Some Ways of Speaking in English

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The article ‘Some Ways of Speaking in English: A Malaysian perspective’ by Hyacinth Gaudart discussed varying ways of how English was being spoken by different speakers while taking into account their different cultural backgrounds. It focused on the speech patterns used and the implication of each to English language teaching in Malaysia.

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  • The critical review is not in the slides as I explained it during presentations. Decided to exclude it in the slides for some particular reasons.

    Additional points:

    There were some dearths of ethics in the research as recorded conversations which had been used as one of the data for the finding were done without the consent of the third parties who had involved along the process. It was highly unethical to produce a data by keeping the other participants uninformed that they were in the midst of a study. The cause for this action might be because the researcher found it difficult to get genuine and accurate responses if the intention of the study was unveiled beforehand. The researcher might also feel that to inform the participants that they were to be recorded for a study would be to impose on them and she might not get the desired result.

    Furthermore, this research was looked to be gender biased as the participants consisted mainly of females. Realizing this as a potential inhibiting factor to the research finding, the researcher clearly stated in the article that gender differences would be elicited in the study. However, it would only make the study unjust as cultural differences alone are not sufficient to contribute to the findings. The researcher should otherwise equalize the number of the participants and highlight gender distinctions as one of the factors that would play a part in the findings. This factor should never be sidelined as it has been contributing as a significant factor in a lot of research study. By taking more female participants as samples, the researcher also did not bring justice to the study.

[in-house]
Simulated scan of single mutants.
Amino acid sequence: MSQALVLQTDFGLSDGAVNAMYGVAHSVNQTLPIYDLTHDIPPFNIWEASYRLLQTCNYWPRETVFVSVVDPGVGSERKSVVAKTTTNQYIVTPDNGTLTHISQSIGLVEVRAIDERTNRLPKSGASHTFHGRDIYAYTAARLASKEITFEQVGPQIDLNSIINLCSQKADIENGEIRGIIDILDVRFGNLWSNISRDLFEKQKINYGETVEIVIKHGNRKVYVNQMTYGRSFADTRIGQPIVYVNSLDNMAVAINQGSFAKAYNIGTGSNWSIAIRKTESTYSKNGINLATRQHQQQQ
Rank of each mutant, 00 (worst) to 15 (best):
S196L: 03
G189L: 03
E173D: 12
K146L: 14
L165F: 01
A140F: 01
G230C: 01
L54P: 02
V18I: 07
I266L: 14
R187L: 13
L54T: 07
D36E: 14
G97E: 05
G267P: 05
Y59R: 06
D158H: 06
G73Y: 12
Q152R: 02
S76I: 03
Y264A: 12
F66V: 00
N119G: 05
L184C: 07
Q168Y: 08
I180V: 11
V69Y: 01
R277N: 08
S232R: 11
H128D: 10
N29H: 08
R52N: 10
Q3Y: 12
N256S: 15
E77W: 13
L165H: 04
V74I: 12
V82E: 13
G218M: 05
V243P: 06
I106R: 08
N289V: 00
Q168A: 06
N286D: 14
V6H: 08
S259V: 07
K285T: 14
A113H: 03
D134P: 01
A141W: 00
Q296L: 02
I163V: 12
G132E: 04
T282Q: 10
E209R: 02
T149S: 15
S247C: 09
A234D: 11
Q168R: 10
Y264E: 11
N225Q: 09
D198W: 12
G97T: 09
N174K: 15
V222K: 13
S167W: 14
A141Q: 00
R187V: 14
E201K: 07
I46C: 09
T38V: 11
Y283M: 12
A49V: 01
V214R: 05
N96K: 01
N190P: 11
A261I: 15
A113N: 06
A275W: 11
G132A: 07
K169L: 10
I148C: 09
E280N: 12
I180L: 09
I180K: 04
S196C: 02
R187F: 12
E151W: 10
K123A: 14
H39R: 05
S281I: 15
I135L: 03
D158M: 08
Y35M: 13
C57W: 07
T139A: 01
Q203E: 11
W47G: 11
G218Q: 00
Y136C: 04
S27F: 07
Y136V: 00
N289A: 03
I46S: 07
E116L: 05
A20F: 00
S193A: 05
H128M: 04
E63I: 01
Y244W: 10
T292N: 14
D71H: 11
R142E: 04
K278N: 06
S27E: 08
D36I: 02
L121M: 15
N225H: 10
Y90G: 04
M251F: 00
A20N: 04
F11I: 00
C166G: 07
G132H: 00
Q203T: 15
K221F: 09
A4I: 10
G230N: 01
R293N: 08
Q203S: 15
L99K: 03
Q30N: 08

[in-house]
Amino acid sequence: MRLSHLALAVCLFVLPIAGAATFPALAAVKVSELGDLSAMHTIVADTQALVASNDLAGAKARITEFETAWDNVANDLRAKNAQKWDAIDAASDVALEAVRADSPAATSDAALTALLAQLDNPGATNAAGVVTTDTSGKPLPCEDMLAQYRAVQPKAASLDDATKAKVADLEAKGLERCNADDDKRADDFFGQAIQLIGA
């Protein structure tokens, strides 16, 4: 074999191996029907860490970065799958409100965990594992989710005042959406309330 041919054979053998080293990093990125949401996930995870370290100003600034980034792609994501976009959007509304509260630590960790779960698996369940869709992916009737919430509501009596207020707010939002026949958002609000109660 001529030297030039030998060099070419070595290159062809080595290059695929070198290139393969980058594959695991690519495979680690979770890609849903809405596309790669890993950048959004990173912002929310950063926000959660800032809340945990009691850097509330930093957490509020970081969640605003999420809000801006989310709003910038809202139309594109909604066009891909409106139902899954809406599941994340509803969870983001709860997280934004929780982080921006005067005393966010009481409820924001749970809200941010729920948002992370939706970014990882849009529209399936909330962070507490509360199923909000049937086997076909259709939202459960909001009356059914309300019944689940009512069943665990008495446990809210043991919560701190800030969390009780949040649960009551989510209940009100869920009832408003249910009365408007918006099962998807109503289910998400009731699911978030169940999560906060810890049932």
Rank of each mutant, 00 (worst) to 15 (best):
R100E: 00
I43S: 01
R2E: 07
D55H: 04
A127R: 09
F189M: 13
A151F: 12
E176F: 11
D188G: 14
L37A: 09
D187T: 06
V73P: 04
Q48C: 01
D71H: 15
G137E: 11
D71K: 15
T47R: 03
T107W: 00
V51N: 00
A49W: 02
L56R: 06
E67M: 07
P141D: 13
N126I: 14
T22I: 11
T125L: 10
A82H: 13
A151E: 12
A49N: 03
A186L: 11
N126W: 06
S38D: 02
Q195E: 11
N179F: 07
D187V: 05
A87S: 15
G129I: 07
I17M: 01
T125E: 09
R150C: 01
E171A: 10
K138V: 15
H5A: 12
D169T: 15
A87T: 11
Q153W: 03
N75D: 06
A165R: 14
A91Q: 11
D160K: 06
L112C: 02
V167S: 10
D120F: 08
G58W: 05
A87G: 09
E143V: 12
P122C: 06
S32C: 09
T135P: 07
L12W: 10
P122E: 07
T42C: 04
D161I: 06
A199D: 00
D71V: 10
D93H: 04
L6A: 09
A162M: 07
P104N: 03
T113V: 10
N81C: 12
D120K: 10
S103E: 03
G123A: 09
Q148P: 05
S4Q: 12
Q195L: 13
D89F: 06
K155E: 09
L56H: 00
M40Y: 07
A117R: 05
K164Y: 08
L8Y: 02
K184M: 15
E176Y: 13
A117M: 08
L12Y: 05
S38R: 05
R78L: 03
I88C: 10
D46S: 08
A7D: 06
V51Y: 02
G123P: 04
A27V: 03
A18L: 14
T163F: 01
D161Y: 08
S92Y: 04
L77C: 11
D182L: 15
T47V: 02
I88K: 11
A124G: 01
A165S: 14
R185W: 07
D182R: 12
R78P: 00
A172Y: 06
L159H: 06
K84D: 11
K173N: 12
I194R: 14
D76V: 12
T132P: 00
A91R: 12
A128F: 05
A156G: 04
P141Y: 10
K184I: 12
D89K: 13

The research piqued my interest as such a breakdown in communication is common among students in schools and academic institutions and also in the workplace especially during an encounter with native speakers of English. The findings of the study could be used by many quarters regardless of race, age and social classes. Even though all the participants in the study have a good command of English language and are able to speak the language fluently, the findings revealed that problems however arose in certain conversation with the native speakers. This is due to differences in communication styles and speech patterns they adopted. Even though English language is a universal language, the finding showed that it was however perceived differently by different cultures and people.
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Some Ways of Speaking in English

  1. 1. Gaudart, H. (2008) Some Ways of Speaking in English: A Malaysian Perspective. Malaysian Journal of ELT Research, Vol.4, 43-53.<br />Presented by : MaizatulRanai<br />CRITICAL REVIEW PRESENTATION<br />
  2. 2. Ways of how English is spoken from Malaysian perspectivesand implications for English language teaching.<br /> Difficulties faced by some English speakers when coming in contact with native speakers. <br />PARTICIPANTS :<br />-Proficient TESL undergraduates and postgraduates<br />-Non-Malaysian L1 & L2 speakers of English<br />( > 6 months in Malaysia)<br />The main problem :<br />